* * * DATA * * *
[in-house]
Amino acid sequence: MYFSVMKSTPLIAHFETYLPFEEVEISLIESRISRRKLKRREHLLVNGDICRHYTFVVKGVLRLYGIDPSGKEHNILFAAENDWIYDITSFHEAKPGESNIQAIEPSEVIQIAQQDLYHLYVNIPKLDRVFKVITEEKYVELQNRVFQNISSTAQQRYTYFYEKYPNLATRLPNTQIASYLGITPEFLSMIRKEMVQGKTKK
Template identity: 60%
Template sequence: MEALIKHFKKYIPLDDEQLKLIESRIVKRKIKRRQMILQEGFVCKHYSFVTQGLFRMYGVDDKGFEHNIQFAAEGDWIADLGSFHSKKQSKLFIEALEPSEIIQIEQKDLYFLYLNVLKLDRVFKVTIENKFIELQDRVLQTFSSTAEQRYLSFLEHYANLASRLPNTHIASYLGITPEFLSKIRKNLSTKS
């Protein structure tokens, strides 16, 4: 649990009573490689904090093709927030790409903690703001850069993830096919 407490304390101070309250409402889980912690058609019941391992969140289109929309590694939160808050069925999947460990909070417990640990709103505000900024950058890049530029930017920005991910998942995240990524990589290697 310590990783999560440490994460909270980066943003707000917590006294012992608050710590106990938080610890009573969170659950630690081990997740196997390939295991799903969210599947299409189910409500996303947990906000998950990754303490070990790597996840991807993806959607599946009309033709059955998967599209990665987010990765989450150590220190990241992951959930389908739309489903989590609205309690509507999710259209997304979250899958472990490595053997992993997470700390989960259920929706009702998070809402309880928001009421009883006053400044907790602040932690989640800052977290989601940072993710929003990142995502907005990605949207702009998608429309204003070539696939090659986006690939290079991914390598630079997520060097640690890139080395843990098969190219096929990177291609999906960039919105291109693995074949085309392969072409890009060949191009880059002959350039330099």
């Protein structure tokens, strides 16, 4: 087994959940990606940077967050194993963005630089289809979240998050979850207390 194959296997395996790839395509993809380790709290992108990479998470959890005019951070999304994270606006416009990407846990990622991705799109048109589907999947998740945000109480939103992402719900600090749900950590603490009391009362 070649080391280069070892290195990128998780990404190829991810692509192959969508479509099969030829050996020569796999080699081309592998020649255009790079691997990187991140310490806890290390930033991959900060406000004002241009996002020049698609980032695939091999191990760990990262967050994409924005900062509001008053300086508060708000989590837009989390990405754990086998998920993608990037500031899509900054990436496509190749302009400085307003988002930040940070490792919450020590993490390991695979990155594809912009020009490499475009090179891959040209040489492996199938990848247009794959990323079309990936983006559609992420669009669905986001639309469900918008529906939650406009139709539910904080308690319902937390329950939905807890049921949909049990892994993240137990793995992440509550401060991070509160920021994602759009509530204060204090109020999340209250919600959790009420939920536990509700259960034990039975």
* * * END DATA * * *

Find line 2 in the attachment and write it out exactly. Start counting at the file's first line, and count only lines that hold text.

Amino acid sequence: MYFSVMKSTPLIAHFETYLPFEEVEISLIESRISRRKLKRREHLLVNGDICRHYTFVVKGVLRLYGIDPSGKEHNILFAAENDWIYDITSFHEAKPGESNIQAIEPSEVIQIAQQDLYHLYVNIPKLDRVFKVITEEKYVELQNRVFQNISSTAQQRYTYFYEKYPNLATRLPNTQIASYLGITPEFLSMIRKEMVQGKTKK